Provision is made for putting a CMC into the so-called offline mode in which it can send or receive lengthy information to or from a disc or tape device without interfering with the operation of the switching system. For this purpose, it operates in cooperation with an inactive central processing unit and is permitted to send or receive messages to only one port. For this purpose, the offline port address register 407 is provided into which the central processor can write the address of the port with which the CMC is to be permitted to communicate when it is put into the offline mode.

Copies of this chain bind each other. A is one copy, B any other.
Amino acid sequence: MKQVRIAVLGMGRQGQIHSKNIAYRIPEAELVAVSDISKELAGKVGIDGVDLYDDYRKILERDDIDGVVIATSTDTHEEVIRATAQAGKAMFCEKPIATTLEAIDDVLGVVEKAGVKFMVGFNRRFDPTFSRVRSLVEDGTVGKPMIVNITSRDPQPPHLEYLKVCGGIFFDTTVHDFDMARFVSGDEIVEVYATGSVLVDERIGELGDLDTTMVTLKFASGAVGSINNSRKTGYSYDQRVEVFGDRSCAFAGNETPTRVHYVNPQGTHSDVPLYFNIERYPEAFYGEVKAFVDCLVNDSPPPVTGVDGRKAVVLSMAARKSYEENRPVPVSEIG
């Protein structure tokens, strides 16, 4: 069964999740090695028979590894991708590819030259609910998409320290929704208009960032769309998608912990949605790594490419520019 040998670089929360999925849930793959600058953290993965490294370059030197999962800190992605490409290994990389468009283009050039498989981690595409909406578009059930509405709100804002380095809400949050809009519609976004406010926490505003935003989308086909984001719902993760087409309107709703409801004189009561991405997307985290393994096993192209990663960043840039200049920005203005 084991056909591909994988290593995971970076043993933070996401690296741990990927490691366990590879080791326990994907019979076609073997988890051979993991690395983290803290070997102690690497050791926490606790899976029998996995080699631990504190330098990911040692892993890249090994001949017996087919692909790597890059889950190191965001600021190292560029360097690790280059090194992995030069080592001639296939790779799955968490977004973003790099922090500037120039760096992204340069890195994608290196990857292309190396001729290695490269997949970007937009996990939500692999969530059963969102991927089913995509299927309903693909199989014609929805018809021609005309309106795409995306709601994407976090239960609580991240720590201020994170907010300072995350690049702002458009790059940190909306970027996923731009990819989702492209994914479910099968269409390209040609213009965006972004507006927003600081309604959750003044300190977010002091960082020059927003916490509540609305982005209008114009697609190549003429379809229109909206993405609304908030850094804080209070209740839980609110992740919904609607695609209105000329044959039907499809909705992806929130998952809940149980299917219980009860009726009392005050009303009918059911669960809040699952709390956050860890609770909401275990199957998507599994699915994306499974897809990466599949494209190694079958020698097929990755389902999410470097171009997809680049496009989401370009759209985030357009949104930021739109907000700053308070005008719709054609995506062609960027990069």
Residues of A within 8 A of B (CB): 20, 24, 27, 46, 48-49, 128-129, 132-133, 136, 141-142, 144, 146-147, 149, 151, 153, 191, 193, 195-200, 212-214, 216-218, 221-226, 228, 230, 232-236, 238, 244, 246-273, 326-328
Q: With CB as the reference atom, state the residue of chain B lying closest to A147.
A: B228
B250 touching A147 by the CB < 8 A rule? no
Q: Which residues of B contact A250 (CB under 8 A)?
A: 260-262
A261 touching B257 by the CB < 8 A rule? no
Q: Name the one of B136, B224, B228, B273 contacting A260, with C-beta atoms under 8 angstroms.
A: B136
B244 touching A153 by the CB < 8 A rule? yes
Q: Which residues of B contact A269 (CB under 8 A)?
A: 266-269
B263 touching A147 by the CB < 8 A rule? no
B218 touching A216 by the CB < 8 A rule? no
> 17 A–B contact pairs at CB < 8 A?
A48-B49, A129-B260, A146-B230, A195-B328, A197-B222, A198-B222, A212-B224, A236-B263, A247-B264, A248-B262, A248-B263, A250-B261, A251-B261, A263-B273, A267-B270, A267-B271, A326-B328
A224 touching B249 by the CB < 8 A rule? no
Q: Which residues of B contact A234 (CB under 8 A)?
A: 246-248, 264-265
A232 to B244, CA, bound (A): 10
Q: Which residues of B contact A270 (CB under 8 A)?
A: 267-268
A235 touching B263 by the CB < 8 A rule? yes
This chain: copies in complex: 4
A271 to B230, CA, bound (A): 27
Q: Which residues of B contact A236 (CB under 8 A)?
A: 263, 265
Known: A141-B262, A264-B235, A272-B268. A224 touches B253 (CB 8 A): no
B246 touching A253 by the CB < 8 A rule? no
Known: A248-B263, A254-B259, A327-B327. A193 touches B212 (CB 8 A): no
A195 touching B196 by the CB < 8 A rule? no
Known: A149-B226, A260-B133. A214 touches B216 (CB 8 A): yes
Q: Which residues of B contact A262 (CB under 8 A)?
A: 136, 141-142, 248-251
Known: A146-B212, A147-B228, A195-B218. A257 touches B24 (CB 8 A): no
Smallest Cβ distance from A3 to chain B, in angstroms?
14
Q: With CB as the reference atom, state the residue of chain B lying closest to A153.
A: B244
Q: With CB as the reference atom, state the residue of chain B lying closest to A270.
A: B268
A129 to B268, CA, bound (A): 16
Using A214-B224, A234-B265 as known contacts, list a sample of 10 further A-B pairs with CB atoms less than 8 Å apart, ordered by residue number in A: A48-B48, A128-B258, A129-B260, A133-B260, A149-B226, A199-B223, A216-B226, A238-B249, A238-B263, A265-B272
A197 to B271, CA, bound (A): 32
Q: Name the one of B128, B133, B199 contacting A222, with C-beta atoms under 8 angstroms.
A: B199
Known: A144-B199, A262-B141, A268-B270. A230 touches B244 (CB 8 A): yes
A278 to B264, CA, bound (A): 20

Finally, there is the outgoing port address register 408 in which the address of the port through which a message should be transmitted is registered when written in by a central processor. Neither the incoming nor the outgoing controller obtains access to a port until permission is received from the port use contention control 409. If the port is idle, the controller in question gets immediate permission. If the port is in use by the other controller, the requesting controller must wait until the port is idle. If both controllers simultaneously request to use an idle port, the incoming controller will be granted use of the port first, since there is less message handling capacity in the incoming direction than in the outgoing direction (the difference is small and is due to the "overhead" of the incoming controller associated with its need to scan the ports to find one that may be calling).